Child Support in Hawaii – Oahu
Honolulu HI Child Support Lawyers
Going through a divorce is going to impact the couple involved in a number of ways, and though it may seem like divorce is for the most part a matter that revolves around two people, there are others who are impacted as well. The children of divorcing couples face a lot of changes, and the emotional aspects of the situation are clear, but there is an economic component as well. Many if not most families retain their quality of life through the shared financial contributions of both parents, and when this dynamic is disrupted, it can result in a decreased standard of living for all concerned, including the children. This is one of the reasons why it is always advisable to seek counseling and do everything possible to try to repair your marriage before you file for a divorce.
All of the above having been said, the way that the state of Hawaii makes sure that the needs of the children of divorcing parents are met is through required child support payments. When the terms of the divorce are either agreed upon by the couple involved or decided by the court, a child custody determination will be made. It is important to recognize that there are two different types of custody: physical custody, and legal custody. Physical custody of course refers to who will be the primary residential caregiver of the child or children involved. Legal custody refers to the authority to make decisions on behalf of the children, including things like religious affiliations and what schools to attend. Though there is such a thing as shared custody, one parent is usually going to have primary physical custody for the good of the child or children so that they can settle into a routine. The non-custodial parent is required to pay child support payments to the custodial parent that are intended to be used to help meet the financial needs of the children.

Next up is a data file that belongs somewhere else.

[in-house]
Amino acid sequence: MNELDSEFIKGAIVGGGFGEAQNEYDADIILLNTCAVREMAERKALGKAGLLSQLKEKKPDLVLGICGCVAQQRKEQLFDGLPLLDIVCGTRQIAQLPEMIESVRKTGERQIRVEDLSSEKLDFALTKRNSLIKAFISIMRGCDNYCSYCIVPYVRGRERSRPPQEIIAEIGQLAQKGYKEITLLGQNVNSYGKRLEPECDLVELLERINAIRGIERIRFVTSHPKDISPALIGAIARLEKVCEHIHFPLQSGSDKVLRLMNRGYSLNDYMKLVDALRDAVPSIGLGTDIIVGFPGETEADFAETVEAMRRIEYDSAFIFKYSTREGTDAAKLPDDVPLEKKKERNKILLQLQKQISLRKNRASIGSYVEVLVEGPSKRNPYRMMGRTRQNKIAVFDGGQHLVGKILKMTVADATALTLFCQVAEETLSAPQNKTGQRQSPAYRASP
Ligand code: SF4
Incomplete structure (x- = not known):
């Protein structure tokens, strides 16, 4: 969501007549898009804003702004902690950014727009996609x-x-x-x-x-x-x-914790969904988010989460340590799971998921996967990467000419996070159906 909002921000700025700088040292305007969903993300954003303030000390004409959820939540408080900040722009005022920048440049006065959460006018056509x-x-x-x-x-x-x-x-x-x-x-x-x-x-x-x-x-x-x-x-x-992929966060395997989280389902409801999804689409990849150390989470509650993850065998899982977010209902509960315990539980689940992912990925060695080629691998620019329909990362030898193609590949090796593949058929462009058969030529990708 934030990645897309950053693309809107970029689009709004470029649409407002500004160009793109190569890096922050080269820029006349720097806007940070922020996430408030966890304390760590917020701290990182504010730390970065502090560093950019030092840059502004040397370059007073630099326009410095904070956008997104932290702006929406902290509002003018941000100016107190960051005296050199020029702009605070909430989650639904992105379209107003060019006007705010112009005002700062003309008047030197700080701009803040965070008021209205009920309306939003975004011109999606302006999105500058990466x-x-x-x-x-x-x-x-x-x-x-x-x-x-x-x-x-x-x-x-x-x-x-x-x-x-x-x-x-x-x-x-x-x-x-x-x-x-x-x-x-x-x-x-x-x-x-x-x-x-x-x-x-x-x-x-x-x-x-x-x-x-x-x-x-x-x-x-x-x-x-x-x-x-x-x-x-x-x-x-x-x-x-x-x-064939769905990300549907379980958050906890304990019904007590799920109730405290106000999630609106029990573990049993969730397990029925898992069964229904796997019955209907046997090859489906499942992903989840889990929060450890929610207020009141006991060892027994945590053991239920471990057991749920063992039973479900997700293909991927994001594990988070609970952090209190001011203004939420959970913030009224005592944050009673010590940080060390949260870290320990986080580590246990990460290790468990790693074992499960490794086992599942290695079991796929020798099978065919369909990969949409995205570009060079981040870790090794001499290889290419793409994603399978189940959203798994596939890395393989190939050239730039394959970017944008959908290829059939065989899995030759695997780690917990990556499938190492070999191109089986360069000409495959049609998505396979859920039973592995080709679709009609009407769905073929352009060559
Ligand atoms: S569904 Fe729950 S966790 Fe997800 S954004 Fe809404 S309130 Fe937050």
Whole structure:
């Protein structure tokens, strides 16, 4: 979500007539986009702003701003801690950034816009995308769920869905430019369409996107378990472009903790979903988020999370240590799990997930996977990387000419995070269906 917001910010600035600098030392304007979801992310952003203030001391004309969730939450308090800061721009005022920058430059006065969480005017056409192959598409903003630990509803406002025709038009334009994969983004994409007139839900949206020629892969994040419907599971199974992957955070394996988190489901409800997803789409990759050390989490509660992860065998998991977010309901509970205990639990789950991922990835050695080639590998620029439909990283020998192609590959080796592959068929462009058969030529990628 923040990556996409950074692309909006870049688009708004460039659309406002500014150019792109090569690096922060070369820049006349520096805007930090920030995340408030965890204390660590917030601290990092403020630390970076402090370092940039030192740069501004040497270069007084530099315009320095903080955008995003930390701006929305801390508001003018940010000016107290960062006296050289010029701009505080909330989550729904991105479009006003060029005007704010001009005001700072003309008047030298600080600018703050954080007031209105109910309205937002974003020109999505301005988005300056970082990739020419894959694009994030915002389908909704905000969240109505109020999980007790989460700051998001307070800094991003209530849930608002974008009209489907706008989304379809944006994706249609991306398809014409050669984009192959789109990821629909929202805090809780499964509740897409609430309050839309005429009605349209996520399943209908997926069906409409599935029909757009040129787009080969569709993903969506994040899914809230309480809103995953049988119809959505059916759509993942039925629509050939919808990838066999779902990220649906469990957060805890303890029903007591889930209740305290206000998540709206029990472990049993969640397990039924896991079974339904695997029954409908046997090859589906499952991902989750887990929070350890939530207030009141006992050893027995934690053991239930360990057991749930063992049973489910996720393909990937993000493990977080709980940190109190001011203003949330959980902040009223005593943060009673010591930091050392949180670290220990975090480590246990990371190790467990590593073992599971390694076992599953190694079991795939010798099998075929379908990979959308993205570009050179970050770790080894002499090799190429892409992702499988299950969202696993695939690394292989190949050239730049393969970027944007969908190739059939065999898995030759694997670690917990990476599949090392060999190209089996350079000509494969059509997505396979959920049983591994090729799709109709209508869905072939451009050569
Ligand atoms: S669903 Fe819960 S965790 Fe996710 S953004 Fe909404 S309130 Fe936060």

Title 580, Chapter 47 of the Hawaii Statutes covers the issue of child support, and it states that a Percentage of Income formula is to be used to determine the amount of child support that must be paid by the non-custodial parent. Based on the number of children involved, their needs, and the financial profile of the parents, the guidelines will call for a certain percentage of the non-custodial parent’s income to be paid for child support. It is worthwhile to point out that this determination is not final; as the needs of the child or children increase, and the financial capabilities of the parents change over time, the child support order can be modified either voluntarily or by the order of the court.
If you would like more information about the laws surrounding child support, simply contact a Honolulu HI family lawyer for a free consultation.